TCHC hires lawyers to probe allegations of improper acts by CEO [Legal Monitor Worldwide]
(Legal Monitor Worldwide Via Acquire Media NewsEdge) The chair of the Toronto Community Housing Corp. board of directors has called in a law firm to investigate allegations of improper acts by senior management, including chief executive officer Gene Jones.
One allegation is that management made an inappropriate attempt to keep Jones's executive assistant off of the public "sunshine list" even though she earned more than $100,000 in 2013.
A second allegation is that Jones unilaterally fired the public housing company's new chief operating officer and gave her a severance payment while publicly claiming that she resigned.
The firm Cassels Brock & Blackwell is conducting the probe. Board chair Bud Purves says he hopes it will be complete by the end of the month.
Last Saturday, Purves called an urgent board meeting for the next day at the Cassels Brock office on King St. Board members were instructed in writing to direct all questions to Purves and "not to contact management."
Purves confirmed he had launched an investigation but refused to discuss any details when contacted by the Star on Friday.
"There is an investigation," Purves said. "Something came to my attention, during the week, of a matter. As you know, I take incidents of questions (about) the integrity of the management quite seriously."
The executive assistant, Leisin Chan, had a base salary of less than $100,000, according to a source familiar with the investigation, but additional payments allegedly brought her above the $100,000 threshold at which her earnings must be disclosed to the public.
The lawyers are looking into an allegation that, when Chan's tax forms were completed and senior managers discovered that she qualified for the sunshine list, someone instructed the human resources department to "fix" the situation somehow, according to a source familiar with the investigation.
The second allegation concerns the sudden departure of chief operating officer Kathleen Llewellyn-Thomas. She stopped working for the TCHC on Jan. 7, just four months after she began.
The TCHC announced in its January newsletter that Llewellyn-Thomas "resigned." According to two sources familiar with the investigation, the law firm has been told that Jones actually fired Llewellyn-Thomas and agreed to give her $150,000.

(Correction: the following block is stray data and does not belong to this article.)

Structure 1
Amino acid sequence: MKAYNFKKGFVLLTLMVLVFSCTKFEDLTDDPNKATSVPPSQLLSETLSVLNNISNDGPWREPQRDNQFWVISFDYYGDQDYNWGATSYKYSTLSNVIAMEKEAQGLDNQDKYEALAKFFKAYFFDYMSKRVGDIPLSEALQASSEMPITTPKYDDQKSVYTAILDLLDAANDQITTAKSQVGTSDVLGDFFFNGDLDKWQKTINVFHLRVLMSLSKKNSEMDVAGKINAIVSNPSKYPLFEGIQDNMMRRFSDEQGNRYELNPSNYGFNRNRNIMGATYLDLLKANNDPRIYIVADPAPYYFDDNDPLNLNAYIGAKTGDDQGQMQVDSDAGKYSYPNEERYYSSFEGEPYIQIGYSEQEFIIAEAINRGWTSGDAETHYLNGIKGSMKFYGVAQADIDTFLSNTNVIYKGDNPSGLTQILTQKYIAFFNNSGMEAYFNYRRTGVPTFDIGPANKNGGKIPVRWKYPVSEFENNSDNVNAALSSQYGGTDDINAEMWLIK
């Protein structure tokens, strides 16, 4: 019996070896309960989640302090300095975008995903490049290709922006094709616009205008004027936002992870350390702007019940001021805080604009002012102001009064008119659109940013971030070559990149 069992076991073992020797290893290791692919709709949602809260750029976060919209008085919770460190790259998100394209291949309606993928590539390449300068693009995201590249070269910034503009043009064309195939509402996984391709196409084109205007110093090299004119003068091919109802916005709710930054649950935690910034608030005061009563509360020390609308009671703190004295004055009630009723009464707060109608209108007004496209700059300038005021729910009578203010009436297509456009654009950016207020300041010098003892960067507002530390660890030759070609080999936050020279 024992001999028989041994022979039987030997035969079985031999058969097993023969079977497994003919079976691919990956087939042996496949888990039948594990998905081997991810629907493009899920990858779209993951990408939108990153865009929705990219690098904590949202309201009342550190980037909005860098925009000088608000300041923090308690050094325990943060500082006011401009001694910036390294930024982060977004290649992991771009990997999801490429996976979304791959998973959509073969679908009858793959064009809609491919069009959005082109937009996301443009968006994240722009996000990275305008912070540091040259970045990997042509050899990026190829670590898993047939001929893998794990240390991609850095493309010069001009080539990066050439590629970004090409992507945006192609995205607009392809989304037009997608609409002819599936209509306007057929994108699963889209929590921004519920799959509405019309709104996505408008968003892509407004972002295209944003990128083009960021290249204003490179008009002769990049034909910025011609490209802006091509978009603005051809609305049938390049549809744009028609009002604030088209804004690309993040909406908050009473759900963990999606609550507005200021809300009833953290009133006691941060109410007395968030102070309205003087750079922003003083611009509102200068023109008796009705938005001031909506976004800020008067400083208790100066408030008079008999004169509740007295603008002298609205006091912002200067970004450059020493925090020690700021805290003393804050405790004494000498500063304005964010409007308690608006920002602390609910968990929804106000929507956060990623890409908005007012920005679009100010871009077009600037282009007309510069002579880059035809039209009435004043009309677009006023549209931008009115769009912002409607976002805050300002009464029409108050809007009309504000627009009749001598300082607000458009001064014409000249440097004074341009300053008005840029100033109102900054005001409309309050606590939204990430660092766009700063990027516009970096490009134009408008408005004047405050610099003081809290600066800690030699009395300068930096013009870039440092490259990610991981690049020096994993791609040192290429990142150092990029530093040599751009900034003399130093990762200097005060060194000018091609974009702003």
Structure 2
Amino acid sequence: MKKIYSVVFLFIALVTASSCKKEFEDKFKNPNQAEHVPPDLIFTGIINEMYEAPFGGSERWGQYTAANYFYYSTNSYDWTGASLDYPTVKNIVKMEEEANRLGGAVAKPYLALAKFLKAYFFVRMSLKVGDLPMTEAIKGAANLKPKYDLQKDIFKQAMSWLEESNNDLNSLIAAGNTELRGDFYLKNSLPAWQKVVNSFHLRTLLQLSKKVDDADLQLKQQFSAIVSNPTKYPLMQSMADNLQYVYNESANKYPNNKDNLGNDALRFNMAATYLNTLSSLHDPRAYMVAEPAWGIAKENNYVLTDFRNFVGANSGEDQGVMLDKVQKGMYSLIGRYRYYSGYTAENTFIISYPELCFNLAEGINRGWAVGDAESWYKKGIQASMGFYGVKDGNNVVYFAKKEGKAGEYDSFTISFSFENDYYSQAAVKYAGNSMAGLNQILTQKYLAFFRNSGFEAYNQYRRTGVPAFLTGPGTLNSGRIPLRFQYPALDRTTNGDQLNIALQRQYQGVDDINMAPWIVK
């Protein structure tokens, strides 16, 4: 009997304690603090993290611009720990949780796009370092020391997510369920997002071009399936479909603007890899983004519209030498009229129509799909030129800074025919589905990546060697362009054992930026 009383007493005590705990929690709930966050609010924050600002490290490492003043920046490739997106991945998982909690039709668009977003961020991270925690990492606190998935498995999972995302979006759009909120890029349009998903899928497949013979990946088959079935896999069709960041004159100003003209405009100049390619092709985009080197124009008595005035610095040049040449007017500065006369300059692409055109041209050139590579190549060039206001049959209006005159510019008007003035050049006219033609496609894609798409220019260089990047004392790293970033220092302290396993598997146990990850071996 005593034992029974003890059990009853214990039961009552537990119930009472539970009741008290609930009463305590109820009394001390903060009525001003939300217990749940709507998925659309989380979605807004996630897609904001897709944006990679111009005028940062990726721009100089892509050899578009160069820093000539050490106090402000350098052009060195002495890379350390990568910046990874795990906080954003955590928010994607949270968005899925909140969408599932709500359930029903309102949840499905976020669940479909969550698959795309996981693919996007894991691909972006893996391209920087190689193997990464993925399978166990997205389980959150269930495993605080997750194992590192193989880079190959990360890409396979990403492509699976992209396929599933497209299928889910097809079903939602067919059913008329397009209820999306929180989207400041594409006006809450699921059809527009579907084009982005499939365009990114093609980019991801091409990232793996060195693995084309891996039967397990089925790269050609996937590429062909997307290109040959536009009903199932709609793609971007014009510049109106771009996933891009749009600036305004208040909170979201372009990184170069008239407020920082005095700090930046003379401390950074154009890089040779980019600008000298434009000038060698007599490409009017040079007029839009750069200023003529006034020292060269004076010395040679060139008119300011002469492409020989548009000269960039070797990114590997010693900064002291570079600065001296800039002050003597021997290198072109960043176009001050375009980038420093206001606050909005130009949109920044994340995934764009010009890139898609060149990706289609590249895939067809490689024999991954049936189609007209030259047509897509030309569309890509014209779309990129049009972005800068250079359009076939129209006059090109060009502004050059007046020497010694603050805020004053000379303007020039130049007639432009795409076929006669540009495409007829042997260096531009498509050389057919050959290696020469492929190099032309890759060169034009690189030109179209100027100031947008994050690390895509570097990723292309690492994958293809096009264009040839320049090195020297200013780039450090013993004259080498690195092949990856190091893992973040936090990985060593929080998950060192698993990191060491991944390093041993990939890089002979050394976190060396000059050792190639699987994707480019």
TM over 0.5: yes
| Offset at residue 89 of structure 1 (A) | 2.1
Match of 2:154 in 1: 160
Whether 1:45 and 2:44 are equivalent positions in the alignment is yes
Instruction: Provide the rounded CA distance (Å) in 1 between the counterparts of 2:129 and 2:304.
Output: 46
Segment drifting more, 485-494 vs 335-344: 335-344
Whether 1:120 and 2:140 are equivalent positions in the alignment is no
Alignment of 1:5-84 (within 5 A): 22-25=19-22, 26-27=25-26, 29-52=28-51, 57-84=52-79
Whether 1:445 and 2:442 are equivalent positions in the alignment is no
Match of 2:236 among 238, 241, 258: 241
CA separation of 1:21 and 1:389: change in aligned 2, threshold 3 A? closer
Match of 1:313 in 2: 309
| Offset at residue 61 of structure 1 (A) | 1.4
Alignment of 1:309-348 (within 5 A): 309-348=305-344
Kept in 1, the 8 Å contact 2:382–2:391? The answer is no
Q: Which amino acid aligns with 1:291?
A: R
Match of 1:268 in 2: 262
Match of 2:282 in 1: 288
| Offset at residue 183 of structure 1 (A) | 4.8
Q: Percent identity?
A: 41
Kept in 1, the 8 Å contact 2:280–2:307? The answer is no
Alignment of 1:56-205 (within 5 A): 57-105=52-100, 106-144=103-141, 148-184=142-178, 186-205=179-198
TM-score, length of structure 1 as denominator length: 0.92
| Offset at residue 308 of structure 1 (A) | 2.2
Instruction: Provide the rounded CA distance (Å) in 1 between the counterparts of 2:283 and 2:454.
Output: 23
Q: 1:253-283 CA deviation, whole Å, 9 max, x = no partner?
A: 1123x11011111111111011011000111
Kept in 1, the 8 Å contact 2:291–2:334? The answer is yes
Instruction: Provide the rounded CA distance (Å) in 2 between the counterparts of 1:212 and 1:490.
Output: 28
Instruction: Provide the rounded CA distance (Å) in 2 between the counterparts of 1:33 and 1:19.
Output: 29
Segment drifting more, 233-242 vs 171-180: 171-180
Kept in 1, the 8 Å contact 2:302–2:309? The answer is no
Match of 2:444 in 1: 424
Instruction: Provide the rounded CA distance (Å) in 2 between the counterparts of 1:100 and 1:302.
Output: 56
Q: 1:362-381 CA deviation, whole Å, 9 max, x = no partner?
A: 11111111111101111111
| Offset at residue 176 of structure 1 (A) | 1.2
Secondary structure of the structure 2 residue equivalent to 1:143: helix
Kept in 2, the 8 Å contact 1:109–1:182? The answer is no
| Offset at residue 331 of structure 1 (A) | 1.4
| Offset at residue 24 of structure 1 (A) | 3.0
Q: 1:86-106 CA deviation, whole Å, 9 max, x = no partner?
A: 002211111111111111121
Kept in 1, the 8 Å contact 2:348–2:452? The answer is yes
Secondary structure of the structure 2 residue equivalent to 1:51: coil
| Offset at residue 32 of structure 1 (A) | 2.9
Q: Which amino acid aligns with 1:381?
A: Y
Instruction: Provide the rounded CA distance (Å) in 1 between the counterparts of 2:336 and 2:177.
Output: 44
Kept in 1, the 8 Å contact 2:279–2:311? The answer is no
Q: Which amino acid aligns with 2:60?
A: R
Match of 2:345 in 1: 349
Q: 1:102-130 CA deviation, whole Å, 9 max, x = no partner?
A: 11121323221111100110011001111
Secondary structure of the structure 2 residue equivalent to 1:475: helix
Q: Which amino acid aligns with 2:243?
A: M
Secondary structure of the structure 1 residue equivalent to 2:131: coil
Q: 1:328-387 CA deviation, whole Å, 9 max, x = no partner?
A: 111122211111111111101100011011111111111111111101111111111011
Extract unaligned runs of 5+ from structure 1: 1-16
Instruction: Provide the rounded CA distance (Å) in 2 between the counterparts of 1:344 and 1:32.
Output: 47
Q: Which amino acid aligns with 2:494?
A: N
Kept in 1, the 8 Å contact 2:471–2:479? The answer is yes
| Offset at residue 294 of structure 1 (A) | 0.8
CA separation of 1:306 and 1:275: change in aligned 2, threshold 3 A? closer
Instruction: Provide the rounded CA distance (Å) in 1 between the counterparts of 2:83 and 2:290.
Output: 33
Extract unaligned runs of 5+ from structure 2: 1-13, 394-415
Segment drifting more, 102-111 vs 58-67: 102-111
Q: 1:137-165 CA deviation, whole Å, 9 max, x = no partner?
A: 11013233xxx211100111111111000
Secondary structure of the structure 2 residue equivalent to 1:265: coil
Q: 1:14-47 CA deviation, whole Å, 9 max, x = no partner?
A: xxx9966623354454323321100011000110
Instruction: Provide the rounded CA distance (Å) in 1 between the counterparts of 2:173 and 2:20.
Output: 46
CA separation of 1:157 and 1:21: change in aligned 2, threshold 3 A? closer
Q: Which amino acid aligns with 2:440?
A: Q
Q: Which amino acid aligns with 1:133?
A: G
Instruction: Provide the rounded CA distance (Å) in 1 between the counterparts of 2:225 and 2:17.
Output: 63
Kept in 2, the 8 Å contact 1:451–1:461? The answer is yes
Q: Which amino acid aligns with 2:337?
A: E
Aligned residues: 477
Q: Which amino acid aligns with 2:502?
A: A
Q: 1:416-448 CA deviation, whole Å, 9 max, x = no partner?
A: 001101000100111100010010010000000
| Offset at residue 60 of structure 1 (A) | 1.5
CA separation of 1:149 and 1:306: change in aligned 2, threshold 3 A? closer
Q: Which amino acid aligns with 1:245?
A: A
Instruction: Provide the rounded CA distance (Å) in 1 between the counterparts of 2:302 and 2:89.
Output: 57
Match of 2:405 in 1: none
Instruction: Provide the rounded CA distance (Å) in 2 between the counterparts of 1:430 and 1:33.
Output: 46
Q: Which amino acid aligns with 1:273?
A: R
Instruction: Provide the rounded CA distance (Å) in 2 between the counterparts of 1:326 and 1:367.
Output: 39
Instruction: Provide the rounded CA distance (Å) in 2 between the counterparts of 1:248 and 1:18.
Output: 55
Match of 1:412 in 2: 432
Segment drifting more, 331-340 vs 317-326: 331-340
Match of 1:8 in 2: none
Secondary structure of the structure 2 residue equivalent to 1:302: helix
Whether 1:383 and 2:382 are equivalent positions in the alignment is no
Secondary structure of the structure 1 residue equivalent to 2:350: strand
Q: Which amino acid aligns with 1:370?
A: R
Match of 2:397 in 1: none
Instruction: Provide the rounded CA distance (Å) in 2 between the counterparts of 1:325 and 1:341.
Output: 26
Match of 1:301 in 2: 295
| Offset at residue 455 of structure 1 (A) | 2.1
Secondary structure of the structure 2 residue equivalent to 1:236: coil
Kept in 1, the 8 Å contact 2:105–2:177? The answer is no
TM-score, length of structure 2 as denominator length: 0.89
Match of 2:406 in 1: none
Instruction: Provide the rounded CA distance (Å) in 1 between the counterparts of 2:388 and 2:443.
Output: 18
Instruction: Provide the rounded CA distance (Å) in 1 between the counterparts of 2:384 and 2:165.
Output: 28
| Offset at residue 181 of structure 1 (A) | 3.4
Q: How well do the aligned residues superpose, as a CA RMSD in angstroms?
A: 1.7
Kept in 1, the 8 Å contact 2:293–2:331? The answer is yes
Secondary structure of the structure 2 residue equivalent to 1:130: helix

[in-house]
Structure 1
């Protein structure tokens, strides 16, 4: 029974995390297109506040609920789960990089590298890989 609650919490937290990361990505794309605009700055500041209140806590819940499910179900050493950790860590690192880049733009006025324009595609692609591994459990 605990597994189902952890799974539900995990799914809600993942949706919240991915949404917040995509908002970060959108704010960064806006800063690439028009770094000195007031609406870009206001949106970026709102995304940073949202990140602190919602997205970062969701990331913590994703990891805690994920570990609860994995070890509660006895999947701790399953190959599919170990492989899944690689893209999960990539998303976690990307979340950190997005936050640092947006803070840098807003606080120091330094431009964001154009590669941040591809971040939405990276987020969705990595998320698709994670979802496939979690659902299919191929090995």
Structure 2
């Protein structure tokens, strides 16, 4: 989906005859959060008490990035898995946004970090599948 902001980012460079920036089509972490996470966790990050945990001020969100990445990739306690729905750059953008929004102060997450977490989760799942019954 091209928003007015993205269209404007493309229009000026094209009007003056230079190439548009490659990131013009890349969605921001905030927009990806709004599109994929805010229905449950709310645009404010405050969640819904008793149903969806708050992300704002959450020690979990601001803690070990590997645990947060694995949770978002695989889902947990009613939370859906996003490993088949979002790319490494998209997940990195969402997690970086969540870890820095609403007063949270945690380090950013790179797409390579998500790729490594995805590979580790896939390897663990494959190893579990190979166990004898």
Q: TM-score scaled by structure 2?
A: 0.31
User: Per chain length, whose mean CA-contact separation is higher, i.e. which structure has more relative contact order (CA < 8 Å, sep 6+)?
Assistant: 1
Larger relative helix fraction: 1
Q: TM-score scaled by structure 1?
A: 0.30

Jones turned down an interview request through TCHC spokesperson Sara Goldvine. Goldvine refused to say whether the TCHC continues to stand by its statement that Llewellyn-Thomas resigned.
"I cannot comment on that," she said.
Goldvine said she "cannot comment on any investigation that is ongoing." And she would not make clear whether Jones has the power to terminate an executive as senior as the chief operating officer without the involvement of the board.
"That process is part of the investigation," Goldvine said.
Goldvine did provide a link to a formal policy that suggests the board is to decide on the dismissal of senior executives, "in consultation" with the CEO. Board members were surprised to learn Llewellyn-Thomas had vanished, the two sources said.
Llewellyn-Thomas and Chan could not be reached on Friday. None of the allegations has been proven.
Chan is listed on the TCHC website as the executive assistant to both Jones and Purves. The Star spoke to Purves about the Chan matter before learning of the Llewellyn-Thomas matter; he could not be reached again to discuss it.
Purves, who has announced his intention to resign from the board early this year, said he acted last week after he was contacted by the TCHC's internal auditor, who had received a tip. Board members were told that the tip came from a whistleblower inside the organization.
"I asked that we retain outside counsel to give us a preliminary view as to whether we should look further. Outside counsel got back to me on Saturday. We are going further," Purves said. "We haven't concluded the facts yet, but there's enough to, shall I say, get in touch with the board on late Saturday afternoon, and yes, I did bring the board together on Sunday to tell them we have outside counsel looking into something."
He added: "Either the report will say that this actually wasn't the case, and then that will be the end of it, or, if it is the case, then the board will have to take some other course of action."
The sources asked for anonymity to discuss a sensitive and confidential matter on which they were not authorized to speak.
Jones took over in June 2012after Mayor Rob Ford forced the dismissal of the TCHC board and the firing of chief executive Keiko Nakamura in the wake of a 2011 spending and procurement scandal.
Jones has faced trouble of his own.
In June 2013, city ombudsman Fiona Crean released the results of an investigation that found the TCHC had continued to needlessly evict elderly tenants with rent arrears.
In August 2013, Crean launched a separate investigation into the TCHC's "adherence to recruitment policies in the hiring and promotion of staff" after receiving complaints from employees about Jones's practices during his broad management shakeup. That investigation is ongoing.
Llewellyn-Thomas, an engineer who worked in the Toronto government for more than 25 years, had an annual salary between $162,446 and $198,106. Prior to joining the TCHC, she was York Region's commissioner of transportation and community planning for more than five years.
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